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Learning from the past is essential to prevent further atrocities like the Jallianwala Bagh Massacre, the Archbishop of Canterbury said, following his visit to the memorial site in India, recently. Archbishop Justin Welby had travelled around key sites in India at the invitation of the Churches of North and South India. He was pictured lying prostrate in front of the memorial commemorating 100 years since the tragedy, when thousands of unarmed Indians of many different faiths were shot by British troops in 1919. He said: “Coming here arouses a sense of profound shame at what happened in this place. It is one of a number of deep stains on British history. The pain and grief that has transcended the generations since must never be dismissed or denied… We have a great responsibility to not just lament this horrific massacre, but most importantly to learn from it in a way that changes our actions … The past must be learned from so nothing like this ever happens again.” The visit to the Massacre site in Amritsar came towards the end of his trip, which began in Kerala, where he prayed with Christians from the Church of South India. Speaking after his visit to Kerala he said: “I’ve been praying with Indian Christians today. It’s an extraordinary reminder that every time this happens, that despite national differences, different languages, all sorts of differences of history and culture, that when we come to Jesus Christ we are united.” The Archbishop, who was joined on the visit by his wife Caroline Welby, said the purpose of his visit was prayer, pilgrimage and pastoral concern and that he was visiting as a religious leader to pray with Christians, to learn about Christianity in India and to share their experiences. On his fourth day in the country he spent time with the Church of South India’s Sisters Order and Women’s Fellowship in Bengaluru and said he had been inspired by their devotion and their “vital work among poor, oppressed and marginalised women and children.”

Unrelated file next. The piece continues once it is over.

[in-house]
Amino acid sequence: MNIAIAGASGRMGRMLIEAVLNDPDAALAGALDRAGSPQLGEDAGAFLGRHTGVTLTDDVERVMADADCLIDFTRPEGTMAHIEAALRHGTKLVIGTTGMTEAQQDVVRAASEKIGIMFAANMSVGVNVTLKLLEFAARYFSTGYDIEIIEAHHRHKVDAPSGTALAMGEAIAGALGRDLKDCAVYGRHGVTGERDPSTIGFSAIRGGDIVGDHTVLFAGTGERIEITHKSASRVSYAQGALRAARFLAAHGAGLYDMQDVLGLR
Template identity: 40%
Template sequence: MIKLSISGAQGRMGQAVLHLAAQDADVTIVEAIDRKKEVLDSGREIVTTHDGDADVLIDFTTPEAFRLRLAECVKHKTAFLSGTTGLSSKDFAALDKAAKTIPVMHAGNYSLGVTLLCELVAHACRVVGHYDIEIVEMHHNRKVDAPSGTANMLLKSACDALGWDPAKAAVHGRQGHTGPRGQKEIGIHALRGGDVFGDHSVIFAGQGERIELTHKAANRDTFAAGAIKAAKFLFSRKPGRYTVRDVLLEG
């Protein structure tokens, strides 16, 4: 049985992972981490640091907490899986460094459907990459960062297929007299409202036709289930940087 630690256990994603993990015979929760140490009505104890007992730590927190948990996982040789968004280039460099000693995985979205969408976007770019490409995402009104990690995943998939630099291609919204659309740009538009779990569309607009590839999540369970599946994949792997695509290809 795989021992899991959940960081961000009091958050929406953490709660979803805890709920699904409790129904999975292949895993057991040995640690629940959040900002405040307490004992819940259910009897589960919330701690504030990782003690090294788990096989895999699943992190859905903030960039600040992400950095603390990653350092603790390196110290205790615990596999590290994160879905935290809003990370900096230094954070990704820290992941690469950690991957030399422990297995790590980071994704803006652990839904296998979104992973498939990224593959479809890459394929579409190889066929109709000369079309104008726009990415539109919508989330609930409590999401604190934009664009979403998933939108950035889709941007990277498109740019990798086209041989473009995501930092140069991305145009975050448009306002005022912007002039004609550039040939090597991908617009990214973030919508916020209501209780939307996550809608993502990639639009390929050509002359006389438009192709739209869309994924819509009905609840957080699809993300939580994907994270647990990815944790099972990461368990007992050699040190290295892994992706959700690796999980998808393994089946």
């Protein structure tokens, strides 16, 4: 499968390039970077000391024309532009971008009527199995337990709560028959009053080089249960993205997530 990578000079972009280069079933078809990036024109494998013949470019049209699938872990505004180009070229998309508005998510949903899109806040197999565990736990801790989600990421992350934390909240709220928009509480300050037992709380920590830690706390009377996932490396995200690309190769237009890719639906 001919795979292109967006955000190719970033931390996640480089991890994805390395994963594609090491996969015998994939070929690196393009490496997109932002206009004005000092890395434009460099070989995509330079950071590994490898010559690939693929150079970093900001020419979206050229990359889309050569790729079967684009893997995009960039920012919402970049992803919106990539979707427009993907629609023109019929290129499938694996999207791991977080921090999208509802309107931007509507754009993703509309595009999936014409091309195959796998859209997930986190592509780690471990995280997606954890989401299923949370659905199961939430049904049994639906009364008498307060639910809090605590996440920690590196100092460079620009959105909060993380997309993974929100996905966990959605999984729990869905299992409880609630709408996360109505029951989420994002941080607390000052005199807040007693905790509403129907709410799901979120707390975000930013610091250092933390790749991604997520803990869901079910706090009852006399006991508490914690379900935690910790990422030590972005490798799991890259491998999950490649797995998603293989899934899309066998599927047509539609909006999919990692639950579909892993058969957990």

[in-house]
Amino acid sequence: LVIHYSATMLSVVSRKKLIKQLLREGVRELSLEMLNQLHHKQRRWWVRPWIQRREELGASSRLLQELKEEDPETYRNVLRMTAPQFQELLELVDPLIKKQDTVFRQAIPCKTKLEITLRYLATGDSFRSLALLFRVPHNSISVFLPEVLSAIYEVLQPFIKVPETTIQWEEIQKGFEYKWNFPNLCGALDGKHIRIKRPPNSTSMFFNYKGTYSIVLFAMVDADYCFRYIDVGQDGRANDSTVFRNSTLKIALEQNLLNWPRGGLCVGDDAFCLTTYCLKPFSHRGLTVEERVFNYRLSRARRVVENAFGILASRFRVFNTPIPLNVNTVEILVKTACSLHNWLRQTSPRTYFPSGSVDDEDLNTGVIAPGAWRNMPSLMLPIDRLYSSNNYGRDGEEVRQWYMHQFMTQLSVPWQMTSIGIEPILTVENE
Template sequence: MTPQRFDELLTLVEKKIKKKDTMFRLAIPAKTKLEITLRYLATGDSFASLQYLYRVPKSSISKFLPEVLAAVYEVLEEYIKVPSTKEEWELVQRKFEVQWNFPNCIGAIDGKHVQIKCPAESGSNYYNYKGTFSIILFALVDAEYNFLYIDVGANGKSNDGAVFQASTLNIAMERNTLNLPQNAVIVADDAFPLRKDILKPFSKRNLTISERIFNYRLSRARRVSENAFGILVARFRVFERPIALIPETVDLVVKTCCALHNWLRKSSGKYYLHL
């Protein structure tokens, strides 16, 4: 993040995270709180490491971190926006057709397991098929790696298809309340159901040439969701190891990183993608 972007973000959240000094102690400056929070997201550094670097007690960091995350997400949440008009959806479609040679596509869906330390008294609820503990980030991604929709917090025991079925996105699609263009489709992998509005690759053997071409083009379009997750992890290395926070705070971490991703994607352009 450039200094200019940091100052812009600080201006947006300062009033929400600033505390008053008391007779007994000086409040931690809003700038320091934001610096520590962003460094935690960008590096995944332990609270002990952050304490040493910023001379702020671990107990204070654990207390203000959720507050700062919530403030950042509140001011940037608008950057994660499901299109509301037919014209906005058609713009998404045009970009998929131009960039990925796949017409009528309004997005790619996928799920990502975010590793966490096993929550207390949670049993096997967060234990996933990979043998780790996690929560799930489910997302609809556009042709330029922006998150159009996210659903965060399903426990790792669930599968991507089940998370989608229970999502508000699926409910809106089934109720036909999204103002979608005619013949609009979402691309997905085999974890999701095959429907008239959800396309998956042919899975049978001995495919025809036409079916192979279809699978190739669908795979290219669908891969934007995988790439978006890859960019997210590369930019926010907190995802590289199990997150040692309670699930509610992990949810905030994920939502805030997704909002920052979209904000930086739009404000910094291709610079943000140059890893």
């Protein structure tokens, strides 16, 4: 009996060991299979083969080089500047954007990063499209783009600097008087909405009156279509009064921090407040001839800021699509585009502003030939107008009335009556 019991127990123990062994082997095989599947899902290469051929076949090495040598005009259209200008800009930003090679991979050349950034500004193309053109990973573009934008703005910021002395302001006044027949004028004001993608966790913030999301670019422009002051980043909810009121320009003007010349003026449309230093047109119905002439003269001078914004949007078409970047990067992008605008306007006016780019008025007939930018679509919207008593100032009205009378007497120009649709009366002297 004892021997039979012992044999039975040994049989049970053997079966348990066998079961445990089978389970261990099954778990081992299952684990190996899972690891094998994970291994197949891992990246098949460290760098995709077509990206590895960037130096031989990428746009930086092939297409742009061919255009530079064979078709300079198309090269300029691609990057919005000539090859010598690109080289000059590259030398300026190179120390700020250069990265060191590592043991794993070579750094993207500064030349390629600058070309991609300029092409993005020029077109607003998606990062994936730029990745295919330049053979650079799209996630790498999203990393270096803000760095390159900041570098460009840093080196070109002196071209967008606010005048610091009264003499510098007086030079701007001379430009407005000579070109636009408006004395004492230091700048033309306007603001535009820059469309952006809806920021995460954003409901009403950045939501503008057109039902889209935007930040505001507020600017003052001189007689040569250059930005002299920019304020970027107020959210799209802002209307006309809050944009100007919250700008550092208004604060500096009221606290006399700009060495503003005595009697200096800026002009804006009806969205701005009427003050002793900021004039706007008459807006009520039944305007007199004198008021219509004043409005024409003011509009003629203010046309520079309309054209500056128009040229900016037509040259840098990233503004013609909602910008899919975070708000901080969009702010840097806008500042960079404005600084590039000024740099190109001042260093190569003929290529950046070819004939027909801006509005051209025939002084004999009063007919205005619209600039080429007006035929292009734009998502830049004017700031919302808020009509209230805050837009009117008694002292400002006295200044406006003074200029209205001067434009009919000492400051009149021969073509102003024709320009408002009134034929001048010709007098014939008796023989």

A Christian politician in Finland investigated by police after posting a Bible verse to social media has warned that the margins of religious freedom will only become “narrower” if Christians stop speaking out on controversial issues.
Päivi Räsänen, a member of the Finnish Parliament for 15 years, quoted Romans 24-27 and posted a picture of the passage from the Bible to criticise her own denomination, the Finnish Evangelical Luthern Church, over its participation in this year’s LGBT Pride festival.
Speaking to Evangelical Focus, the former interior minister said that although many Finnish people still attend church, the influence of Christianity on society is “narrowing” and the perspective of the Christian faith is no longer shared by the majority.The result, she said, was that across a range of issues, like abortion and marriage, it has become “politically incorrect” to have a traditional view.
She said that “many” Christians, especially the young, are afraid to speak openly about their views over fears that it could hinder their career or their social standing.
She admitted that the decision of the police to investigate her “came as a surprise” but said that, regardless of the outcome, she was not going to stop sharing her views.
“The more we keep silent about difficult and controversial topical themes, the narrower the space for freedom of speech and religion gets,” she told Evangelical Focus.
“I have a completely calm mind about this. I am going to use my freedom to believe and to speak accordingly, whatever the outcome of this process may be.”
She went on to say that she had considered leaving the Church, in which her husband is an ordained minister, but decided that remaining could be a way to bring about positive change from the inside.

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